Master of Science with a Major in Clinical and Translational Science
The Masters in Clinical and Translational Science program is designed to enable health professionals to perform Clinical and Translational Research (CTR). It is intended to provide trainees with essential skills in CTR, including hypothesis generation, research design, data analysis, interpretation and dissemination of results, critical appraisal of scientific literature, grant preparation, human research protection, and research ethics.
The MCTS curriculum includes didactic instruction in the core areas of biostatistics, epidemiology, and clinical research design; a mentored research project; and seminars on recent advances in clinical and translational science. The program consists of 17 credit hours of required didactic course work, 4 credit hours of clinical and translational science seminar, 6 hours of elective courses, and 9 credit hours of mentored research. The mentored research project requirement of the MCTS program will culminates in a grant proposal that is suitable for submission to an extramural funding agency (NIH, RWJ, etc). This program can be completed in two years.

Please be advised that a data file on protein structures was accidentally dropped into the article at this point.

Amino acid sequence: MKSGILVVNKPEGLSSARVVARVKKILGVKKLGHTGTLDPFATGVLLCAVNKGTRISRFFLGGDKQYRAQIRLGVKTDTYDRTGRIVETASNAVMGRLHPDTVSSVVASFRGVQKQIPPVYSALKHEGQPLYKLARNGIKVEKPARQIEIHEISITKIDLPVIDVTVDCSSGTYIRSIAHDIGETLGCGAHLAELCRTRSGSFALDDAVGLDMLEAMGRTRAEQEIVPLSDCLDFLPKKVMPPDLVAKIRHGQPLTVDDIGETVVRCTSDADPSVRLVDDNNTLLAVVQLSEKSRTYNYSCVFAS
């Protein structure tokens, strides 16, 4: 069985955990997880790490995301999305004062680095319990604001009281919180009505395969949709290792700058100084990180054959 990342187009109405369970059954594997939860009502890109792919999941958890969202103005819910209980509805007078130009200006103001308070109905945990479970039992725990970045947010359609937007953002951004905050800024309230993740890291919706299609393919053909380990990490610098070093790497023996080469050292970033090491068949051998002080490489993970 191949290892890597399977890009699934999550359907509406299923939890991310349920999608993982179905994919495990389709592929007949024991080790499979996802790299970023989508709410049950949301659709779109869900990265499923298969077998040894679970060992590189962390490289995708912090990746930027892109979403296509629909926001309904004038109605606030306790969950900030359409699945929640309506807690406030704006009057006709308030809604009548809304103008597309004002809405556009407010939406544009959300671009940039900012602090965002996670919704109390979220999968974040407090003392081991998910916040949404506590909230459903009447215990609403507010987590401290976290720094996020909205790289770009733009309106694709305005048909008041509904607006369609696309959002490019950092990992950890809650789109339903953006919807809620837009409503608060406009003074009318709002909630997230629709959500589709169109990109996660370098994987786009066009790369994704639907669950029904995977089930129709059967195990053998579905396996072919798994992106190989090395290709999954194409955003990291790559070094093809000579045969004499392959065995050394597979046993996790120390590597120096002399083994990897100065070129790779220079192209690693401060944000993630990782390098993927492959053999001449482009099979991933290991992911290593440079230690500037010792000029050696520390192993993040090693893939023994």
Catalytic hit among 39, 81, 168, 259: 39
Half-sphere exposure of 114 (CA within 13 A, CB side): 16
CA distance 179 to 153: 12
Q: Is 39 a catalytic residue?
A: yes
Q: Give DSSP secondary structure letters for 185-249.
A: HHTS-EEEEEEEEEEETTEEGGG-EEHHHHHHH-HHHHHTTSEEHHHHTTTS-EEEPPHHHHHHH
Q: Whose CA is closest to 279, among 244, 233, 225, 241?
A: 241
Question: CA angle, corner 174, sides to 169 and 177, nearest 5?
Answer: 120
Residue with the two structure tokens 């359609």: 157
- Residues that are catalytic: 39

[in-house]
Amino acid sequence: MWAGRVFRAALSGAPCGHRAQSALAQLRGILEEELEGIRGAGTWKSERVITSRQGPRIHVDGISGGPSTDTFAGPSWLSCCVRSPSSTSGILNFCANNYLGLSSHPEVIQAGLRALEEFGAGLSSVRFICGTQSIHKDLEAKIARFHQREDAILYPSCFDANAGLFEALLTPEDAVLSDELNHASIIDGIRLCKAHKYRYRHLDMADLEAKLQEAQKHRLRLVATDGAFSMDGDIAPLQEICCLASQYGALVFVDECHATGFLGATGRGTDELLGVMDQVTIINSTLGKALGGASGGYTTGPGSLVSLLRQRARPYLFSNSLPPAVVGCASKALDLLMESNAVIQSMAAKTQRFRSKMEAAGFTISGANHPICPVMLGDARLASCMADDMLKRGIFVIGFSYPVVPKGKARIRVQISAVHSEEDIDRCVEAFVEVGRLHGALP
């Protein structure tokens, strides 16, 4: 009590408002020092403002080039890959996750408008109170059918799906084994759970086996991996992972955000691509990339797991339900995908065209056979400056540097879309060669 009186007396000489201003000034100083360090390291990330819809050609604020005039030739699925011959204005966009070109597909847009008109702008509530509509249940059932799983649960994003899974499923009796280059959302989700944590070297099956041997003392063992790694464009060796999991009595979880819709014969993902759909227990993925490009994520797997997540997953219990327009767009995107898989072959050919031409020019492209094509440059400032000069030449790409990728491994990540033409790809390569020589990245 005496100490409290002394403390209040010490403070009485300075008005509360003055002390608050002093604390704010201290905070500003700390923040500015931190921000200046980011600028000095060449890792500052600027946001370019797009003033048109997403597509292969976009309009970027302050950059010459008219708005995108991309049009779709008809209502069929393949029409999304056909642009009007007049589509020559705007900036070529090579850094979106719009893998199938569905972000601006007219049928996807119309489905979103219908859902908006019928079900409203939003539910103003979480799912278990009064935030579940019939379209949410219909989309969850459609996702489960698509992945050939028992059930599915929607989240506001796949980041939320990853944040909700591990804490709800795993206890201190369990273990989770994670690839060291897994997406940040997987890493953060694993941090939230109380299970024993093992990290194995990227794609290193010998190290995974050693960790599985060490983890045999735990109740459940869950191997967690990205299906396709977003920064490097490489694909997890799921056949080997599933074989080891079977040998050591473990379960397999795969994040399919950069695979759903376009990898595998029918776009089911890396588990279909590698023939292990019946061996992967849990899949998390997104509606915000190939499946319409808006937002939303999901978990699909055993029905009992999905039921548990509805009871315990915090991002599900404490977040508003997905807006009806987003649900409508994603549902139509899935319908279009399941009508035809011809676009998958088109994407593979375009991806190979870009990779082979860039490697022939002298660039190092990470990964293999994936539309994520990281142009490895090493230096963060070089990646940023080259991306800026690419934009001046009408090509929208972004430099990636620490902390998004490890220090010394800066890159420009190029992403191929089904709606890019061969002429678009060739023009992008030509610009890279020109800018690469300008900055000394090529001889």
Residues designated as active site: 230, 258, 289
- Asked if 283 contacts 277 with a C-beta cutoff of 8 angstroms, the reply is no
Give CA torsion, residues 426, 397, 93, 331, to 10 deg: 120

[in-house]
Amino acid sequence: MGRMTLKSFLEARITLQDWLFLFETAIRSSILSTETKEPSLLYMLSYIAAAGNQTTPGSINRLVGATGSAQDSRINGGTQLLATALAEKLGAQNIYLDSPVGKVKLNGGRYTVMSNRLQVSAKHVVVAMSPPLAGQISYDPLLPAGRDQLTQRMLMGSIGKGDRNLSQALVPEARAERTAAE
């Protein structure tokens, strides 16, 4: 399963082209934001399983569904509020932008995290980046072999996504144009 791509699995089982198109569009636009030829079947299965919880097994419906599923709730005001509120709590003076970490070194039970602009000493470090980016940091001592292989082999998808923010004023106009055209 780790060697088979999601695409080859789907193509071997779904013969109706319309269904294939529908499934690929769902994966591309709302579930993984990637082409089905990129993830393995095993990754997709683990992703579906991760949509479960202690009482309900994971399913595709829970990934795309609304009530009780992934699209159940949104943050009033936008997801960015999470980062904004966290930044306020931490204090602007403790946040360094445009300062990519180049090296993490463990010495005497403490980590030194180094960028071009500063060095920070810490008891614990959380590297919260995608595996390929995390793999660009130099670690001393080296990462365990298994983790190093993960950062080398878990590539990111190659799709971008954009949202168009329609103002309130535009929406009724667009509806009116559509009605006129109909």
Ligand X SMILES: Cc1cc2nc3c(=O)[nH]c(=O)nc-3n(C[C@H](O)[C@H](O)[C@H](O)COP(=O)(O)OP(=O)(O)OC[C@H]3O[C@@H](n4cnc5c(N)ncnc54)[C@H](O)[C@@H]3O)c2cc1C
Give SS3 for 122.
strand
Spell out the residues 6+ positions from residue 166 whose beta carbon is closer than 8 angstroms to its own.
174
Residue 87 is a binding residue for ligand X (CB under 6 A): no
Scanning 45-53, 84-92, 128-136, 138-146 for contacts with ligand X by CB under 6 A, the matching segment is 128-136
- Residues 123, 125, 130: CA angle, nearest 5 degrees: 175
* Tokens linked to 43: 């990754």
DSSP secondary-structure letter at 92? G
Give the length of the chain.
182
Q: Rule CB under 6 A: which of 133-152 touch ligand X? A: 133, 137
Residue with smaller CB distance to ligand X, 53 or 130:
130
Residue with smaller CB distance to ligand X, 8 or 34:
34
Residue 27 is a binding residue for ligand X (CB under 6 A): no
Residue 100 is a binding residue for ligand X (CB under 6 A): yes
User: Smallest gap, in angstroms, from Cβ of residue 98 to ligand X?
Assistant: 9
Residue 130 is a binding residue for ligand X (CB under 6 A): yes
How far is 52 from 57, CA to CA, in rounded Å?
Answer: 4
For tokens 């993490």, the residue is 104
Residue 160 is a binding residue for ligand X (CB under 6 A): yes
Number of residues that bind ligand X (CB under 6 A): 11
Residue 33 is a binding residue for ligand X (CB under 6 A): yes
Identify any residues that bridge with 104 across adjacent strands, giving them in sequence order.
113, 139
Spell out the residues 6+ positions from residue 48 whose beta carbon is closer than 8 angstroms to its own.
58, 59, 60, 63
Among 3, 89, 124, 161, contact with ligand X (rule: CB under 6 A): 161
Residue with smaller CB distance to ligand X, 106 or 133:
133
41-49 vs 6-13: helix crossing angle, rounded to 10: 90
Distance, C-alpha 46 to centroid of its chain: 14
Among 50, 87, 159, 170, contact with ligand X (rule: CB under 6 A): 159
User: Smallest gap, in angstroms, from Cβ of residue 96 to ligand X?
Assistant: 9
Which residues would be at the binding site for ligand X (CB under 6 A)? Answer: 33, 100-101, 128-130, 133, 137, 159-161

Financial aid is available. Graduate students use the standard application process for federal aid, scholarships, and the HOPE Scholarship Programs (if applicable). As a graduate student, you may qualify for scholarships, loans, and employment.
Southern Association of Colleges and Schools, Commission on Colleges
A doctoral degree from an accredited school in the health/clinical sciences (e.g., M.D., D.O., PharmD., D.D.S., Ph.D.); OR (2) a bachelor's or a master's degree in the health/clinical sciences from an accredited institution of higher education (e.g., B.S.N., M.H.S.) **and** a professional designation (e.g., R.N., P.T., O.T.).
Facts & Figures
Financial Aid: Yes
Classification: Doctoral/Research University—Extensive
Locale: Midsize City
Size & Settings: 6,000-9,999